Esther's Reviews > Tell Me Again About the Night I Was Born

Tell Me Again About the Night I Was Born by Jamie Lee Curtis
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Sep 29, 2008

really liked it
bookshelves: adoption-picture-books

A young girl asks her parents to tell the story of her birth which is obviously much-loved and much-requested but ends up telling the story herself. It starts with the telephone call to the adoptive parents, their plane ride, the hospital and their first night together as a family changing diapers, watching baseball and singing lullabies and ends with them being a loving family. Each page gives fun specific details such as “dad was snoring” or “you carried me like a china doll.”

The witty and loving text is matched perfectly with the whimsical illustrations. The text is straightforward about adoption but not overwhelming or didactic. This book highlights the need children, especially children who have been adopted, have to hear their birth stories with as many details as possible. Many children have heard their adoption story but not their birth story. The book is reassuring and normalizing but also acknowledges some negative feelings. I love there is an illustration of the little girl’s family tree including mostly the adoptive family but also some of the birth family. This could be reassuring to a child who has been adopted since creating a family tree is commonly stressful and anxiety-provoking. And show way to integrate the two families and history.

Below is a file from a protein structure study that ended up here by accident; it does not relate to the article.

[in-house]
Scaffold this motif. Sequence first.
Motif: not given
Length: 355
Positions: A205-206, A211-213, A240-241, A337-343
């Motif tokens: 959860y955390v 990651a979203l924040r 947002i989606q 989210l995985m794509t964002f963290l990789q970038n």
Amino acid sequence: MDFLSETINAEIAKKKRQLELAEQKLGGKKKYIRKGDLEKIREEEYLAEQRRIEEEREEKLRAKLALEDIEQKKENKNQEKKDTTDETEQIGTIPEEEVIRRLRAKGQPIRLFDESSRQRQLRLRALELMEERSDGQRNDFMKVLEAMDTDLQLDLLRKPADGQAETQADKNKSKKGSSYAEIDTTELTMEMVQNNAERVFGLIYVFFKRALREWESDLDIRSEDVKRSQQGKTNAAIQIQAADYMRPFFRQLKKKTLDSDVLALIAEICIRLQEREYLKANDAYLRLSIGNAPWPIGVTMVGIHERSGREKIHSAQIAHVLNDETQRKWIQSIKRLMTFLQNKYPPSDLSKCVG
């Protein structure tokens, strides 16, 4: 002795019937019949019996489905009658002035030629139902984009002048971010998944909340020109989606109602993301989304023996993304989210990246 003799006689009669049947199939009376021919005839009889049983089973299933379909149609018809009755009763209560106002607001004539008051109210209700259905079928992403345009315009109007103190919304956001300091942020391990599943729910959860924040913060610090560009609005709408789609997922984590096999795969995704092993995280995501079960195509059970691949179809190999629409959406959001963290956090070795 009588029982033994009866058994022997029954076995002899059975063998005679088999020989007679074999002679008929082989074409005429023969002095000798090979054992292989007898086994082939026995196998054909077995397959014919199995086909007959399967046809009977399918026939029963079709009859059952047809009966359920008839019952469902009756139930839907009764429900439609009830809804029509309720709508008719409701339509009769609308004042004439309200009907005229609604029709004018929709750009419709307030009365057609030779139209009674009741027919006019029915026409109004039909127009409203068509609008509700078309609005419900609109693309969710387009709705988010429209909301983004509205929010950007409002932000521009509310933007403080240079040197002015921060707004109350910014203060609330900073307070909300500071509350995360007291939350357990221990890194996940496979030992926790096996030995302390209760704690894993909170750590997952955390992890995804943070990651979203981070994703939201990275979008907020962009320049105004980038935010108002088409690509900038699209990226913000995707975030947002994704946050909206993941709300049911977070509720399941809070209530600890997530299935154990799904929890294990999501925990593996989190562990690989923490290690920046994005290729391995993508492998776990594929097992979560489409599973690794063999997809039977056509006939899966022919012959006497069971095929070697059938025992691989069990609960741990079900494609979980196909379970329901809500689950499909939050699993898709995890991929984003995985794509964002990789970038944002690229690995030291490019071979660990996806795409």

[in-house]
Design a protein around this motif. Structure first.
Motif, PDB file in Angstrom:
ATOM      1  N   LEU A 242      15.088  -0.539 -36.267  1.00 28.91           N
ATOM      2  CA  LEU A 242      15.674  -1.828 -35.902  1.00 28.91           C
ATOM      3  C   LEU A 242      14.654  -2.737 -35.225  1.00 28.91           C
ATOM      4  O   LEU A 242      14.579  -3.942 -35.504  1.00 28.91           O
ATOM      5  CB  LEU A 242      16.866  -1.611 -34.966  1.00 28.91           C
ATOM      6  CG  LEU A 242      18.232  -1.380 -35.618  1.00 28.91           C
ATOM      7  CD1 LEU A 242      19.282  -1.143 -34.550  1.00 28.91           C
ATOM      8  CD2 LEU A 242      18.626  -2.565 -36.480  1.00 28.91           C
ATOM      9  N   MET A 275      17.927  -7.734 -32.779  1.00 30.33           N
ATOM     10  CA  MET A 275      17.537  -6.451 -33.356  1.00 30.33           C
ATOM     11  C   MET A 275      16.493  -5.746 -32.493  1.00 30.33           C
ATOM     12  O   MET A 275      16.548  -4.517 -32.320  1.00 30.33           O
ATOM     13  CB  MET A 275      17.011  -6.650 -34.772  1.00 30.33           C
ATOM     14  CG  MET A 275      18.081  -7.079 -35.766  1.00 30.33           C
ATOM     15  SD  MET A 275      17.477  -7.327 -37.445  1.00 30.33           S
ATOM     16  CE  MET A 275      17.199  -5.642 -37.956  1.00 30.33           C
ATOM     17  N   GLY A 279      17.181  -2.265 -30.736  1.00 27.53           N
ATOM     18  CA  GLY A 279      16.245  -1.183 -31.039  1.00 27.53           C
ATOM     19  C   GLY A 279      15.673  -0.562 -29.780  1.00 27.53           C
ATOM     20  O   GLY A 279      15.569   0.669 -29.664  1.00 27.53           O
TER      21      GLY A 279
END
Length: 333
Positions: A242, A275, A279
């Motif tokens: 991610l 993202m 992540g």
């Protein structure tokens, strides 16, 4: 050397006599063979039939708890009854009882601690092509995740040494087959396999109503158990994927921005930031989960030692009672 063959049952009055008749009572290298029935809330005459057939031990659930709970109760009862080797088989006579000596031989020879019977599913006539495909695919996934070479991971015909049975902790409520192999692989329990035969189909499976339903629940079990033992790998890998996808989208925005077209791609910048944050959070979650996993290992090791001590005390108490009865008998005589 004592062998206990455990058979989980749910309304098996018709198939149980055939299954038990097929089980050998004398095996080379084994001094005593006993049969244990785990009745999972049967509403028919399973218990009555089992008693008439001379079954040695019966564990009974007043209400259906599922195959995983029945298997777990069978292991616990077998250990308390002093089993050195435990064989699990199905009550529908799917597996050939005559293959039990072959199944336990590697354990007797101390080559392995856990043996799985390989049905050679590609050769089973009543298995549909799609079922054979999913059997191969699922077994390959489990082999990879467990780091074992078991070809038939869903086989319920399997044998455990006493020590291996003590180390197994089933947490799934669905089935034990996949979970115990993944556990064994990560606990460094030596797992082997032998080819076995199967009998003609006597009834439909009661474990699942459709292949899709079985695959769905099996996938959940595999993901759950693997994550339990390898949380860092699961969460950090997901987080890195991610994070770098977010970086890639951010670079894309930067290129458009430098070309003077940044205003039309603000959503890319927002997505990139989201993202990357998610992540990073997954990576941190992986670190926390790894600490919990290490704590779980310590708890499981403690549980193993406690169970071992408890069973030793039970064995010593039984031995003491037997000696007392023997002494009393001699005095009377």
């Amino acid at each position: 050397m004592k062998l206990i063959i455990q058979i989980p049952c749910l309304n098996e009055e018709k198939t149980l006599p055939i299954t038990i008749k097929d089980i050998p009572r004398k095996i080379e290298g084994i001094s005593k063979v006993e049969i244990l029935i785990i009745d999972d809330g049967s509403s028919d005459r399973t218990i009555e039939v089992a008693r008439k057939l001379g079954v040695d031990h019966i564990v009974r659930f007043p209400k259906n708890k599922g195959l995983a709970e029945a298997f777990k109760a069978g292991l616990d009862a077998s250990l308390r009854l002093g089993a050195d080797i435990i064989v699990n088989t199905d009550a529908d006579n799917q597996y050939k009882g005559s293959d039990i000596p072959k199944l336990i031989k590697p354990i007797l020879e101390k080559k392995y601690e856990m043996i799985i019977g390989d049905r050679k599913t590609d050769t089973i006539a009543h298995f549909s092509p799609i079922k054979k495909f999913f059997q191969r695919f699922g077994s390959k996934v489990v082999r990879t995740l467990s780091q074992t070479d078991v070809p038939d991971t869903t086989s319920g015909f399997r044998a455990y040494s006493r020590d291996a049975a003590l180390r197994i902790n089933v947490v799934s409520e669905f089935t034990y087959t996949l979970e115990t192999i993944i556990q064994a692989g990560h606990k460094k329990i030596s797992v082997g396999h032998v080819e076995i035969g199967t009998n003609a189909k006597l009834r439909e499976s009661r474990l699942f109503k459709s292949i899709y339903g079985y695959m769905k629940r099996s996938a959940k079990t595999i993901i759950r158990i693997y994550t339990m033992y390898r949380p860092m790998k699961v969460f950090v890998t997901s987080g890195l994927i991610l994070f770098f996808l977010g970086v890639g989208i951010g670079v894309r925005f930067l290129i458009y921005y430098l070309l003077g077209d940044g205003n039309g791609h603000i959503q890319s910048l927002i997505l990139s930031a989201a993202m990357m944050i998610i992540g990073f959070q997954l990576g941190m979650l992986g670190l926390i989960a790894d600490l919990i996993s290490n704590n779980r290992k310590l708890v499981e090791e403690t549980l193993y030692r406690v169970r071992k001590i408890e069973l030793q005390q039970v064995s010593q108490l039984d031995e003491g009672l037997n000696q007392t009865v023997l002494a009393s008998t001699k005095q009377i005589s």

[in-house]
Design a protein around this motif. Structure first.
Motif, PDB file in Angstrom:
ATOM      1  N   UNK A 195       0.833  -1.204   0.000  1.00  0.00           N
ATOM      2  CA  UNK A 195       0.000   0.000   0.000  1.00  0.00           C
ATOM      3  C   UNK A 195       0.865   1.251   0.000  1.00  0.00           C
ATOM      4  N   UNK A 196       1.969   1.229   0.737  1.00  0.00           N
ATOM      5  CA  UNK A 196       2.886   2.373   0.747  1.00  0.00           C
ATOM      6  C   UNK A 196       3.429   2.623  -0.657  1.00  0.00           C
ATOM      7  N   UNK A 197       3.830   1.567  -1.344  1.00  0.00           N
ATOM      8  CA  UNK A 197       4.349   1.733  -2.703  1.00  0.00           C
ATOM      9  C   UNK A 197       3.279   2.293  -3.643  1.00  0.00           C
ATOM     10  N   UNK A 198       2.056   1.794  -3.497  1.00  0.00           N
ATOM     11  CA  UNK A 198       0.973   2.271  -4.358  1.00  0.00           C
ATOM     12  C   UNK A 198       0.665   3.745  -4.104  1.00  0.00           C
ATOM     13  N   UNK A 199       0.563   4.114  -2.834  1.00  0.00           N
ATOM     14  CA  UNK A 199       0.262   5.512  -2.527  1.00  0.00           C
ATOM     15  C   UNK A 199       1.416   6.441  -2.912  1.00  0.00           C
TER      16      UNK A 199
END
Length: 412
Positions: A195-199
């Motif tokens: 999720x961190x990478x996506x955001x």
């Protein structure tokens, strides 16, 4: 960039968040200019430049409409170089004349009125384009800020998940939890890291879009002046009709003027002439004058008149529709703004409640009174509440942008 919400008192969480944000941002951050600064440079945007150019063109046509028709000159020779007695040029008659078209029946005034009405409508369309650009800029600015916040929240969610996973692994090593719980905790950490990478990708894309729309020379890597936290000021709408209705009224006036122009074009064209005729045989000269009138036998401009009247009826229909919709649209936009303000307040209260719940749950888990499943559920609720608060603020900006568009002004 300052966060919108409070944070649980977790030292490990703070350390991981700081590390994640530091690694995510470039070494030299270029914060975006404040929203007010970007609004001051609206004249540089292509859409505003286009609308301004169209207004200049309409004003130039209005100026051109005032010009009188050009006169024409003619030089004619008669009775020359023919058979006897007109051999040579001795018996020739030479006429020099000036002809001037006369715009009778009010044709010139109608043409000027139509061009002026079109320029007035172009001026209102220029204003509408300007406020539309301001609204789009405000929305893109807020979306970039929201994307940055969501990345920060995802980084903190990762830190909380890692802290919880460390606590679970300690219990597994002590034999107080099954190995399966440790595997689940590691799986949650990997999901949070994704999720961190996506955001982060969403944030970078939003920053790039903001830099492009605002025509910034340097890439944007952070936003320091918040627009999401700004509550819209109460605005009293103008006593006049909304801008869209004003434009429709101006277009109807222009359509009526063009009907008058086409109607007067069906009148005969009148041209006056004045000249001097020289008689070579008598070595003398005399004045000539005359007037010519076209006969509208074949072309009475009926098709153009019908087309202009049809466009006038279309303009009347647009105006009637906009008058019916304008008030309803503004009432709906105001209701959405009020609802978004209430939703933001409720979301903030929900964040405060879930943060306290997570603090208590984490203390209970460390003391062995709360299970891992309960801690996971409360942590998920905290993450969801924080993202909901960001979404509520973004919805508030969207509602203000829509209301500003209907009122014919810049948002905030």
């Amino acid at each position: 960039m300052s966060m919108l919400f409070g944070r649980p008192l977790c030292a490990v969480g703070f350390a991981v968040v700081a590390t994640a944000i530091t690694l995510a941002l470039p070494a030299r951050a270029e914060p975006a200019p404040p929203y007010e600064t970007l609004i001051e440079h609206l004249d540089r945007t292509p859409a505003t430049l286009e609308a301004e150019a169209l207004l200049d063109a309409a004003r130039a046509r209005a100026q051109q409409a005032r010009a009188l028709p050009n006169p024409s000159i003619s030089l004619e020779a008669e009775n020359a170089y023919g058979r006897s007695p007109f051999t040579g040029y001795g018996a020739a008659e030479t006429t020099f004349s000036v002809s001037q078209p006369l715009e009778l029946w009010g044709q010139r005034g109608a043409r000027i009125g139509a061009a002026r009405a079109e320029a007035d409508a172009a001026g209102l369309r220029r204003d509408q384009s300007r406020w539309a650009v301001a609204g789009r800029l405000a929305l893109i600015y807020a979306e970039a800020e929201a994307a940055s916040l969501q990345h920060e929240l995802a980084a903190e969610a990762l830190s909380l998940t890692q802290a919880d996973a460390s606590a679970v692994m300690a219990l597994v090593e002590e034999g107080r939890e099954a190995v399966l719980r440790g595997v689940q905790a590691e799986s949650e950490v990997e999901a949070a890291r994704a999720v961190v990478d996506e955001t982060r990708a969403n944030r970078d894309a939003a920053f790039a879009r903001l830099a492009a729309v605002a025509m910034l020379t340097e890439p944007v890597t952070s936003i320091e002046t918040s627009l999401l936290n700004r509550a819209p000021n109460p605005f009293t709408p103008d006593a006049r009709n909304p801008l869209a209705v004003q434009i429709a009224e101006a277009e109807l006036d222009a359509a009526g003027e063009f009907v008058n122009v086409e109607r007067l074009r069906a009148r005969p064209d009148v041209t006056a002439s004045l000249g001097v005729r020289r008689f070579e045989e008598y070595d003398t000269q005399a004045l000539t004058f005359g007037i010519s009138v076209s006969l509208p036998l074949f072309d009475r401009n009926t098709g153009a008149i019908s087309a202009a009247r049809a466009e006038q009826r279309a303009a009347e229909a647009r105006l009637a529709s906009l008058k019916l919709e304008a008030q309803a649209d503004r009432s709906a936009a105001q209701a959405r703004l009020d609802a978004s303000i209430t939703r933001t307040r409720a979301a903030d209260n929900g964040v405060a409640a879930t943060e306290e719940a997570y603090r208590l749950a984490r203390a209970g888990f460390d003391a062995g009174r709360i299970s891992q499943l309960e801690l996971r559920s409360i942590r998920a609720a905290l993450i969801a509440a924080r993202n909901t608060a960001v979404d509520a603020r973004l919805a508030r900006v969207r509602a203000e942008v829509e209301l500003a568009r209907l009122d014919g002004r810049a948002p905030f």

There is an acknowledgement of the birth parents but not very much information or history given. Also there were not any feelings, positive or negative, expressed associated with the birth parents. Potentially this might give the impression that the adoptive parents or child shouldn’t have any feelings or thoughts about their birth parents, which would be more atypical of an adoptive family’s experience. The book being concise is positive mostly but here an aware parent may want to discuss a little further about their adopted child's personal history, birth parents and feelings. There does seem to be a little stereotyping in the roles of dad and mom (Dad teaches about baseball, albeit to a baby girl and Mom is caring for the baby in the illustrations and singing the lullabies).

This is a good book to use with lifebooks. It was written by actress Jamie Lee Curtis who has adopted two children and although I am a little leery of celebrity books...I love this one and is another top personal favorite. Aurora loves it too already (probably because of the illustrations) and we read it often.
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08/22/2016 marked as: read

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